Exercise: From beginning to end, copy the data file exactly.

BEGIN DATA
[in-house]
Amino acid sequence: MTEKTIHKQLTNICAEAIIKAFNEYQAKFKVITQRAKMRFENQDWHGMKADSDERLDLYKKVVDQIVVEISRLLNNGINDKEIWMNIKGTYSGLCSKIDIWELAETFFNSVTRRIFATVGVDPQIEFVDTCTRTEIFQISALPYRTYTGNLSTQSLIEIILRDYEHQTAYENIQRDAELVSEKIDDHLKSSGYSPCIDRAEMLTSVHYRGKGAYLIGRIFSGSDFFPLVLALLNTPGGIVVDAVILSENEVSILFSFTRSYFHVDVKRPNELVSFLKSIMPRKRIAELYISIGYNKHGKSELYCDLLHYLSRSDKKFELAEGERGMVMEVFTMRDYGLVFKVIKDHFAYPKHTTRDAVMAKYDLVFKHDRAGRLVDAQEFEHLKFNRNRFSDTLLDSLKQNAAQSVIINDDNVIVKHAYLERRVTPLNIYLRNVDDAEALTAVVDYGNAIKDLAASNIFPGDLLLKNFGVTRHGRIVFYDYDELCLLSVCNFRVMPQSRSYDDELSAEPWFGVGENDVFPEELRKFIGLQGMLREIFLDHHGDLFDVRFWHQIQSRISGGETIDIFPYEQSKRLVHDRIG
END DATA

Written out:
[in-house]
Amino acid sequence: MTEKTIHKQLTNICAEAIIKAFNEYQAKFKVITQRAKMRFENQDWHGMKADSDERLDLYKKVVDQIVVEISRLLNNGINDKEIWMNIKGTYSGLCSKIDIWELAETFFNSVTRRIFATVGVDPQIEFVDTCTRTEIFQISALPYRTYTGNLSTQSLIEIILRDYEHQTAYENIQRDAELVSEKIDDHLKSSGYSPCIDRAEMLTSVHYRGKGAYLIGRIFSGSDFFPLVLALLNTPGGIVVDAVILSENEVSILFSFTRSYFHVDVKRPNELVSFLKSIMPRKRIAELYISIGYNKHGKSELYCDLLHYLSRSDKKFELAEGERGMVMEVFTMRDYGLVFKVIKDHFAYPKHTTRDAVMAKYDLVFKHDRAGRLVDAQEFEHLKFNRNRFSDTLLDSLKQNAAQSVIINDDNVIVKHAYLERRVTPLNIYLRNVDDAEALTAVVDYGNAIKDLAASNIFPGDLLLKNFGVTRHGRIVFYDYDELCLLSVCNFRVMPQSRSYDDELSAEPWFGVGENDVFPEELRKFIGLQGMLREIFLDHHGDLFDVRFWHQIQSRISGGETIDIFPYEQSKRLVHDRIG